This paper examines the prices of basic staples in rural Mexico. We document that nonlinear pricing in the form of quantity discounts is common, that quantity discounts are sizable for basic staples, and that the well‐known conditional cash transfer program Progresa has significantly increased quantity discounts, although the program, as documented in previous studies, has not affected unit prices on average. To account for these patterns, we propose a model of price discrimination that nests those of Maskin and Riley (1984) and Jullien (2000), in which consumers differ in their tastes and, because of subsistence constraints, in their ability to pay for a good. We show that under mild conditions, a model in which consumers face heterogeneous subsistence or budget constraints is equivalent to one in which consumers have access to heterogeneous outside options. We rely on known results to characterize the equilibrium price schedule, which is nonlinear in quantity. We analyze the effect of nonlinear pricing on market participation as well as the impact of a market‐wide transfer, analogous to the Progresa one, when consumers are differentially constrained. We show that the model is structurally identified from data on prices and quantities from a single market under common assumptions. We estimate the model using data on three commonly consumed commodities from municipalities and localities in Mexico. Interestingly, we find that relative to linear pricing, nonlinear pricing is beneficial to a large number of households, including those consuming small quantities, mostly because of the higher degree of market participation that nonlinear pricing induces. We also show that the Progresa transfer has affected the slopes of the price schedules of the three commodities we study, which have become steeper as consistent with our model, leading to an increase in the intensity of price discrimination. Finally, we find that a reduced form of our model, in which the size of quantity discounts depends on the hazard rate of the distribution of quantities purchased in a village, accounts for the shift in price schedules induced by the program.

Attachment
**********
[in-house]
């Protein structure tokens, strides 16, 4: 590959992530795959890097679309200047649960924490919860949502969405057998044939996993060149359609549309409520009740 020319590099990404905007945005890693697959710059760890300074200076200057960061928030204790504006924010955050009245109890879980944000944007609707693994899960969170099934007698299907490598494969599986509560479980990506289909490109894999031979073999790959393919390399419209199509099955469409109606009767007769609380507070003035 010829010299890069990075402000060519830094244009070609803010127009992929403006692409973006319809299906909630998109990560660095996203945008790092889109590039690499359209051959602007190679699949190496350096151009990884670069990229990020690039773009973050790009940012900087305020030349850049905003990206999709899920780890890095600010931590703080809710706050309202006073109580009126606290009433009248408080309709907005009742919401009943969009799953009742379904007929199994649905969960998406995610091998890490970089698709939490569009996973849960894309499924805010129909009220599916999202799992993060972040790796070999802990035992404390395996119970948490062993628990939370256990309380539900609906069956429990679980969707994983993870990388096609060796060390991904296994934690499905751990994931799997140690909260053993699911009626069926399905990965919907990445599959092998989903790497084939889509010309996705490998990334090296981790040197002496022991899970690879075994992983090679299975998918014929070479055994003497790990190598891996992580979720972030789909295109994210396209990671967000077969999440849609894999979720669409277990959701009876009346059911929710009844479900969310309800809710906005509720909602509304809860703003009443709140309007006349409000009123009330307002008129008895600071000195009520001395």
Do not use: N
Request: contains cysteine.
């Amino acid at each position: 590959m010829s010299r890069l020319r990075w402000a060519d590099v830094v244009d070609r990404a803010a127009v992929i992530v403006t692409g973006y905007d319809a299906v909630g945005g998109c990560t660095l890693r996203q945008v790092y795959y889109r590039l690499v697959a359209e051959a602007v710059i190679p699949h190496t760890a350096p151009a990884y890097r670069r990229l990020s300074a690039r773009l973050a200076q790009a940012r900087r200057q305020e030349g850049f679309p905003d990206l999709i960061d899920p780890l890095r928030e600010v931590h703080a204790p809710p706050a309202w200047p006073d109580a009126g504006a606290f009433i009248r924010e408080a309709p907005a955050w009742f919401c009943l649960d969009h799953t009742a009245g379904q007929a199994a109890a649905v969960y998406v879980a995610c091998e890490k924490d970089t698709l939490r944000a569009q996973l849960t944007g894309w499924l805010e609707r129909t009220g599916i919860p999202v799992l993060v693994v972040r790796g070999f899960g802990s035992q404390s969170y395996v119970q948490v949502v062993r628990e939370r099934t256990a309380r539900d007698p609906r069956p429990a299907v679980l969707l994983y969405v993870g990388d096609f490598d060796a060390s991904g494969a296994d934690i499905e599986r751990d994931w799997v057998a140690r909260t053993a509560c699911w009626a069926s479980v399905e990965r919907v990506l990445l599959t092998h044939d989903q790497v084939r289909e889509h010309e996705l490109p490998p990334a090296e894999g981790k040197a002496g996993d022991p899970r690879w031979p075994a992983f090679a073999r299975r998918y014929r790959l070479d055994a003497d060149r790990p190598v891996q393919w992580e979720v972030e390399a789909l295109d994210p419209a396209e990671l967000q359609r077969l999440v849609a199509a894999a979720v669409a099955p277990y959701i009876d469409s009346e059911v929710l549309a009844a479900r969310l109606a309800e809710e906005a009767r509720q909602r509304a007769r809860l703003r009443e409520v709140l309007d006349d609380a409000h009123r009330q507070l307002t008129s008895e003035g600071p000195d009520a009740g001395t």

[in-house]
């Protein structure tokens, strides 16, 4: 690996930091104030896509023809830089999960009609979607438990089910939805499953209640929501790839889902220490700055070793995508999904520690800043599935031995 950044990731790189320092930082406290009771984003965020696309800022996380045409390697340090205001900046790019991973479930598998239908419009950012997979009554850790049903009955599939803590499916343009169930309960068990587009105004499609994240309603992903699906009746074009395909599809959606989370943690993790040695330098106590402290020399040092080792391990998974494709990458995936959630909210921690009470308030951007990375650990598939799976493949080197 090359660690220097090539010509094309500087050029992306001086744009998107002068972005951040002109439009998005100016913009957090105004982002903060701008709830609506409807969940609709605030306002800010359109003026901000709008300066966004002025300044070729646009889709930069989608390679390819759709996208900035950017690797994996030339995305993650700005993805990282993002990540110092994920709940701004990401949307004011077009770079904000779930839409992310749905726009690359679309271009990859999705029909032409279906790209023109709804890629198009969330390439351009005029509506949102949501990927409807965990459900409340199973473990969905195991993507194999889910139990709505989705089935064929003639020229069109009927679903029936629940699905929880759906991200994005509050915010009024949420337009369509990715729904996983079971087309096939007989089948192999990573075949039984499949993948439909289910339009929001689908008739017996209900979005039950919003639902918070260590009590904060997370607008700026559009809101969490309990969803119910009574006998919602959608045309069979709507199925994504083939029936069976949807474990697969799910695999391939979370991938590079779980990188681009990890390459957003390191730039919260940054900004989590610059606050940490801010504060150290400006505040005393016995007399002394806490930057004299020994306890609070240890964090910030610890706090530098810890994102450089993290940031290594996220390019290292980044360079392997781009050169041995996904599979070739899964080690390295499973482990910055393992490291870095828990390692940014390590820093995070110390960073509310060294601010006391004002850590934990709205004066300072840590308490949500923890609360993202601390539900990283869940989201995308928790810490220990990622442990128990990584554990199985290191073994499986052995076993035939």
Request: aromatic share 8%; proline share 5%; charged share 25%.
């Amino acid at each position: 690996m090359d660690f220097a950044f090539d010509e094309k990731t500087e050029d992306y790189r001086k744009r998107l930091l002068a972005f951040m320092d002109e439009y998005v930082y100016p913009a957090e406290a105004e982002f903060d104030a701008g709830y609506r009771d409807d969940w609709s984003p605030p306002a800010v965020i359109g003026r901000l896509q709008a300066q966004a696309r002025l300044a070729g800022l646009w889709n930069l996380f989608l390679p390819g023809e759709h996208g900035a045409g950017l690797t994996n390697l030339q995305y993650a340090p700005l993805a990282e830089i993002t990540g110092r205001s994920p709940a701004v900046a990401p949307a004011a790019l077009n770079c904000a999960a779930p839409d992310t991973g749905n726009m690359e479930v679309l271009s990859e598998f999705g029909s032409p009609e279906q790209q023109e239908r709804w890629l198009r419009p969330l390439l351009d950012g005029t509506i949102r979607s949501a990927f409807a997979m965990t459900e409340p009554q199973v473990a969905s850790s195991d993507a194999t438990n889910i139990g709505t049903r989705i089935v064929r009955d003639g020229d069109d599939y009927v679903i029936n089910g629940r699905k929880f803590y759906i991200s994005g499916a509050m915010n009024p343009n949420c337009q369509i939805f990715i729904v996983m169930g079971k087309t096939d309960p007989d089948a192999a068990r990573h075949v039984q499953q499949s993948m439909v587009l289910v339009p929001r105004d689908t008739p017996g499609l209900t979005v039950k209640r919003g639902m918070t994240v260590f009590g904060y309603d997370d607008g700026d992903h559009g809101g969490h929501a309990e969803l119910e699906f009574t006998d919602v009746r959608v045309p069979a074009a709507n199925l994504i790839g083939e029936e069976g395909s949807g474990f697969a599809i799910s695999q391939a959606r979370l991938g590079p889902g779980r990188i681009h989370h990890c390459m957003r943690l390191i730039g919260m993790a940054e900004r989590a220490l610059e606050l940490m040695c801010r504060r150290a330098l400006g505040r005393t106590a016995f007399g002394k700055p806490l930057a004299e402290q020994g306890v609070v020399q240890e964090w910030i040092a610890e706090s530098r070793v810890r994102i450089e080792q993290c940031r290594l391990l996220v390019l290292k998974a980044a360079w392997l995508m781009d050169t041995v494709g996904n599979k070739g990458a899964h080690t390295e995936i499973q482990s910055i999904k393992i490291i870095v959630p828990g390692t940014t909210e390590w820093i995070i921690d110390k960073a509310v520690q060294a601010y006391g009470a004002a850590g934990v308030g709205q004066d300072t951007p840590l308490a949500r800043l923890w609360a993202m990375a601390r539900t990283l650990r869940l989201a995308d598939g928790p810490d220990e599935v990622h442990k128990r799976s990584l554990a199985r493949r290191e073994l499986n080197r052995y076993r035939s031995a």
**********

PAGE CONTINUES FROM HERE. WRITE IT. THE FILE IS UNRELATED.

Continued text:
Sampling-Based versus Design-Based Uncertainty in Regression Analysis
Alberto Abadie, Susan Athey, Guido W. Imbens, Jeffrey M. Wooldridge
Consider a researcher estimating the parameters of a regression function based on data for all 50 states in the United States or on data for all visits to a website. What is the interpretation of the estimated parameters and the standard errors? In practice, researchers typically assume that the sample is randomly drawn from a large population of interest and report standard errors that are designed to capture sampling variation. This is common even in applications where it is difficult to articulate what that population of interest is, and how it differs from the sample. In this article, we explore an alternative approach to inference, which is partly design‐based. In a design‐based setting, the values of some of the regressors can be manipulated, perhaps through a policy intervention. Design‐based uncertainty emanates from lack of knowledge about the values that the regression outcome would have taken under alternative interventions. We derive standard errors that account for design‐based uncertainty instead of, or in addition to, sampling‐based uncertainty. We show that our standard errors in general are smaller than the usual infinite‐population sampling‐based standard errors and provide conditions under which they coincide.
Informational channels of financial contagion
Two main classes of channels are studied as informational sources of financial contagion. One is a fundamental channel that is based on real and financial links between economies, and the second is a social learning channel that arises when agents base their decisions on noisy observations about the actions of others in foreign markets. Using global games, I present a two‐country model of financial contagion in which both channels can operate and I test its predictions experimentally. The experimental results show that subjects do not extract information optimally, which leads to two systematic biases that affect these channels directly. Base‐rate neglect leads subjects to underweight their prior, and thus weakens the fundamental channel. An overreaction bias strengthens the social learning channel, since subjects rely on information about the behavior of others, even when this information is irrelevant. These results have significant welfare effects rooted in the specific way in which these biases alter behavior.